Gerry Adams: Statement on the Government’s Priorities for the Year Ahead
Fine Gael and Labour assumed office on the promise of a new way of doing politics but yet have compounded the worst excesses of their Fianna Fáil predecessors.
Speaking in the Dáil debate today on the ‘Government’s Priorities for the Year Ahead’ Sinn Féin leader Gerry Adams slated the government’s austerity policies and accused Fine Gael and Labour of breaking elect ion promises.
The Sinn Féin leader accused the government of recycling the ‘same old failed politics and the same old way of doing business.’
The Louth TD said:
“The political choices a government makes are defined by its view of society, its ambition, its ideological anchor and the interests that it seeks to represent. In my view, the Government has made choices that are not in the interests of the vast majority of citizens. The Government is, therefore, making the wrong choices in contravention of the mandate it was given.”
Gerry Adams spelt out Sinn Féin’s alternative strategy:
“The Government could introduce a 48% tax on income over €100,000, raising €365 million. It does not do it. That is its choice. It could re-introduce the non-principal private residence charge at €400, raising €151 million. It does not do that.
“It could restore capital gains tax to 40%, raising €98 million. Again, it does not do that. It could increase capital acquisitions tax to 40% and lower the thresholds, raising €108 million. It could introduce a 1% wealth tax, even temporarily, on net wealth over €1 million.
“Sinn Féin has proposed that Oireachtas pay and allowances, including that of the Taoiseach and his Ministers, be reduced by 50% of all amounts over €75,000, and that of Deputies and Senators be reduced to €75,000 and €60,000. This would save €3.7 million. How many home help hours would that provide? How many resources would that provide for children with disabilities? How many medical cards would that produce?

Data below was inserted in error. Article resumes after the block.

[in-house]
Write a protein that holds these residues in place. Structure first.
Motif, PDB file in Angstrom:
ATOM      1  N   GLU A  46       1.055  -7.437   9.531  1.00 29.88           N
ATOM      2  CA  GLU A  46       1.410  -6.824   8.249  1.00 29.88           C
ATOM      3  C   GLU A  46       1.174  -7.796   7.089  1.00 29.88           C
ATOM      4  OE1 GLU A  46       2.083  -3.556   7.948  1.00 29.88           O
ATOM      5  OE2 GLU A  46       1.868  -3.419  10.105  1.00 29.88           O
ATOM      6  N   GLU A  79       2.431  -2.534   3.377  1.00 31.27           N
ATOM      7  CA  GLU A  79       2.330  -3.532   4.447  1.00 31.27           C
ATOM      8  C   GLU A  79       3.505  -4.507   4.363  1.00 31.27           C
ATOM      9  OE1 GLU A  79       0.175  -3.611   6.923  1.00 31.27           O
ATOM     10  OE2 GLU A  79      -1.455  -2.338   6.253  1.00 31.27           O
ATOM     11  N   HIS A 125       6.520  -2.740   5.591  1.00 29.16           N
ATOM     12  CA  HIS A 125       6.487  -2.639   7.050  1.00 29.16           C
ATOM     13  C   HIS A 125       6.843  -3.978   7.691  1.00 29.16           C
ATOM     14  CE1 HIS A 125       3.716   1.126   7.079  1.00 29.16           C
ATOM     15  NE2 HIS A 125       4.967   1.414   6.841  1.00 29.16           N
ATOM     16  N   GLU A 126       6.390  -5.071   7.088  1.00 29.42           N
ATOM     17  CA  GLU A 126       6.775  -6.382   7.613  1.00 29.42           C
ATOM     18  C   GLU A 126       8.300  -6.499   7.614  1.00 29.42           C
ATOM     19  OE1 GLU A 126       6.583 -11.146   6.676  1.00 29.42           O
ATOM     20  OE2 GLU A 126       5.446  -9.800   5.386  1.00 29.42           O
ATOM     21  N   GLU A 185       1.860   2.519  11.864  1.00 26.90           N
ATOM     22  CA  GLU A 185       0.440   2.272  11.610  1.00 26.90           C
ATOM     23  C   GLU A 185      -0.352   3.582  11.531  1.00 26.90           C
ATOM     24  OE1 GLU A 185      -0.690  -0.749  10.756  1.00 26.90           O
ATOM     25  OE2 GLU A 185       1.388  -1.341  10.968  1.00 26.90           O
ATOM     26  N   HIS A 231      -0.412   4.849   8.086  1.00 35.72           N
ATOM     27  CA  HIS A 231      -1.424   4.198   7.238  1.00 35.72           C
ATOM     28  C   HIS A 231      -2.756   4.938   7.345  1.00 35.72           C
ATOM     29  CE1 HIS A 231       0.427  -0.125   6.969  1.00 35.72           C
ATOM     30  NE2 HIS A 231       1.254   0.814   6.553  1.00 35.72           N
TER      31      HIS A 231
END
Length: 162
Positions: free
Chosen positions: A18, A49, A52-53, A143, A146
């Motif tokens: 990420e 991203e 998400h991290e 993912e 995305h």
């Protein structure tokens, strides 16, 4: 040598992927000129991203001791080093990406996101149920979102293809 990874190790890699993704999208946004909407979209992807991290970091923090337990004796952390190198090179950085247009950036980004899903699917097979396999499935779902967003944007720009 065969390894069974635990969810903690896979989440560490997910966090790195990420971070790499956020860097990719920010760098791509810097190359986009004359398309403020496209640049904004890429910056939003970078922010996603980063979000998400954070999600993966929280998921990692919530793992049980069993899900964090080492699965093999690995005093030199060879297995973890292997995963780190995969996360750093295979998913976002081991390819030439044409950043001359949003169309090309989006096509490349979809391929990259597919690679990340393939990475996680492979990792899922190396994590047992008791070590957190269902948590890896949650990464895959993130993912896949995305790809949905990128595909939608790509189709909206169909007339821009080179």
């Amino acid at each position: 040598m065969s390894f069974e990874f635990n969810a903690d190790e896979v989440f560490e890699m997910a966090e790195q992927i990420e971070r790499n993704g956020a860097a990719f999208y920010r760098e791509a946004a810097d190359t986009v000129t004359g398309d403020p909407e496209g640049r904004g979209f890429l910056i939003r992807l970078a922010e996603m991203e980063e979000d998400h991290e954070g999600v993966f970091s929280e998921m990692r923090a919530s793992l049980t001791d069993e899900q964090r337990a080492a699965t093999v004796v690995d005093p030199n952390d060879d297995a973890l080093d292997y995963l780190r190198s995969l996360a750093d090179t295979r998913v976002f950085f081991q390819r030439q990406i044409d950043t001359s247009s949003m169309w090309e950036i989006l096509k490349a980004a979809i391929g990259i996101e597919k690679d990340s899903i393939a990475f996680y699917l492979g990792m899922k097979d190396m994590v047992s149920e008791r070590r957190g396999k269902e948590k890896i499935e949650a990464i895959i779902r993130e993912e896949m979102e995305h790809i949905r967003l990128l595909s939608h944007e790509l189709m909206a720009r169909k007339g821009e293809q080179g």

“Sinn Féin has been robust in holding the Government to account and has been measured. At all times our approach has been to honour the mandate we received, to defend the interests of those on low and middle incomes, and to protect and support the most vulnerable of our citizens.
“We have sought to be constructive in opposition. We have put forward proposals which, unlike those of the Government parties, are based on fairness. We are trying to have a view of the social consequences of measures that are brought forward.
“Fine Gael and Labour assumed office on the promise of a new way of doing politics but yet have compounded the worst excesses of their Fianna Fáil predecessors.
“The old discredited way of doing politics continues with slightly different partners in Government. The explanation for all of this was given by the Minister for Communications, Energy and Natural Resources, Deputy Pat Rabbitte, when he said: "Well, you tend to say things like this during an election campaign."
“These comments may yet serve as the epitaph for this Government. It has been said that too many people do not see any improvement. That is because they have no improvement. In fact, they are worse off.
“The Taoiseach appears to have abandoned his proposal to produce report cards on the performance of Ministers. Given the way that Ministers have stumbled from calamity to controversy and back to calamity again, it is not surprising that there are no report cards. The Taoiseach used to say he had a five-point plan. Now he has no plan whatsoever and really no point.”